Can't quit your daily Diet Coke? Here's the science of why sugar-free fizzy drinks won't help you lose weight

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Picture the scene: lunch has come and gone and, in offices across the land, Tupperwares once home to prepped-ahead sweet potato, chickpeas and spinach lie empty.

The temptation to attack the tub of M&S mini brownies is oh-so real. But rather than blow a few hundred calories on a handful, women nationwide reach instead for 'guilt-free' cans of chemically sweetened carbonated liquid. Are they hypocritical self-saboteurs for following healthy, totally 'grammable meals with a diet fizzy drink? Perhaps – which makes it all the more tricky to admit I am one of them. A health writer who knows her nutrition - and should know better - but can't get enough of the stuff.

Another is journalist Georgia Scarr. Glance at her Instagram and you'll see all the healthy-girl hallmarks. Bird's-eye view of eggs atop kale and roasted vegetables? Check. One lithe, toned body contorted into impressive yoga positions? Check again. But one lifestyle ritual that doesn’t make the edit is her diet cola habit.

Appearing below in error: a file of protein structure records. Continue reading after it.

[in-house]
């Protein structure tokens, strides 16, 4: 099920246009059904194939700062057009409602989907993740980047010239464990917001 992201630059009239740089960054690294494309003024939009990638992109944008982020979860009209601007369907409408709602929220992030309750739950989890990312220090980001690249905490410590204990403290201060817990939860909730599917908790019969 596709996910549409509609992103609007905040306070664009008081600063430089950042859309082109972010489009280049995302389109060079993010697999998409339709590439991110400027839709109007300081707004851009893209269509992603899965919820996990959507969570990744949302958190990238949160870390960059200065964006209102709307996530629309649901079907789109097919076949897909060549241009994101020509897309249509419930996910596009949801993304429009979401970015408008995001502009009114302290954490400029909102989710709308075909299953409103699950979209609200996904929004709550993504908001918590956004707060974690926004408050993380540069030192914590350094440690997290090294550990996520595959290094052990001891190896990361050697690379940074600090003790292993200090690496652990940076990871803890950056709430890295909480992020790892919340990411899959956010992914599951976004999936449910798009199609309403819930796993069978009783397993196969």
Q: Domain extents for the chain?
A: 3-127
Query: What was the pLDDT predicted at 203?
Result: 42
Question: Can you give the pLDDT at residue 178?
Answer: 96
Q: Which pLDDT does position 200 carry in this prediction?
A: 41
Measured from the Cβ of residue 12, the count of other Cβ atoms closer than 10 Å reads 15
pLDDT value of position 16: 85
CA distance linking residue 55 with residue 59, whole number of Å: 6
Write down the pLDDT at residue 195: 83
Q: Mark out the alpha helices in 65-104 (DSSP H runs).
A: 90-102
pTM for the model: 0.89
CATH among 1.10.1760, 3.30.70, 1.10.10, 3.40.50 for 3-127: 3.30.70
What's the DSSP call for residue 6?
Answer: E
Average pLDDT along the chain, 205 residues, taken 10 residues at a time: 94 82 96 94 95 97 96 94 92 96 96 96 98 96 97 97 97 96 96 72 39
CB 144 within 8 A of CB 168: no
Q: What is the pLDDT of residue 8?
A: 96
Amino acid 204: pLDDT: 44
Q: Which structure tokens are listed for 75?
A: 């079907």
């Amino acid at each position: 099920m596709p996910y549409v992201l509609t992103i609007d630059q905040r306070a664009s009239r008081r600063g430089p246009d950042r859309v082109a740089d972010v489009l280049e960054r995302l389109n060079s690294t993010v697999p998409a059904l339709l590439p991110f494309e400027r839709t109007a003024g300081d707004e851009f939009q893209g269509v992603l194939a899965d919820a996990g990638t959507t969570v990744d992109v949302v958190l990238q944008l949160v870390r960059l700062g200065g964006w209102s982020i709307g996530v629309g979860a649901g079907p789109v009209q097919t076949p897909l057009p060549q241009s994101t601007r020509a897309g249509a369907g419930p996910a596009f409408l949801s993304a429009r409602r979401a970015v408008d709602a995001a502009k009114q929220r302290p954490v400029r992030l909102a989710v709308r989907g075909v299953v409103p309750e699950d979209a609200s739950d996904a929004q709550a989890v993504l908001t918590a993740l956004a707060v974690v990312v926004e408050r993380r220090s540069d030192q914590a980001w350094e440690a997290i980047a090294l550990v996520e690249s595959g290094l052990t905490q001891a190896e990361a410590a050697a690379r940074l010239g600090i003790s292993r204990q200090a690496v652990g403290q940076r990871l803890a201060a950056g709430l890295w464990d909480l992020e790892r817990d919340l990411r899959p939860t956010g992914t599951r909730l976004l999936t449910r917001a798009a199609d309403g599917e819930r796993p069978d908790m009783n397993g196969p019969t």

‘I have a sweet tooth, but I don’t make a habit of eating junk food or sugary snacks,' she says. 'I monitor my calories, and I want them to be filled with something more nutritious than sugar. So if I can get that sweet taste via a calorie-free fizzy drink, that is kind of a win/win.’

The enduring appeal of calorie-free fizzy pop might jar with the current 'it's a lifestyle, not a diet' healthy eating zeitgeist. But Jane Ogden, professor of health psychology at the University of Surrey and author of The Psychology of Eating, isn't surprised.

‘So-called “diet” drinks still appeal because, though people may package it as “eating well” or “looking after yourself”, many of us are essentially still dieting.' And while our goals are more rippling abs than thigh gap, she is right in that the majority of us want to keep our body fat low.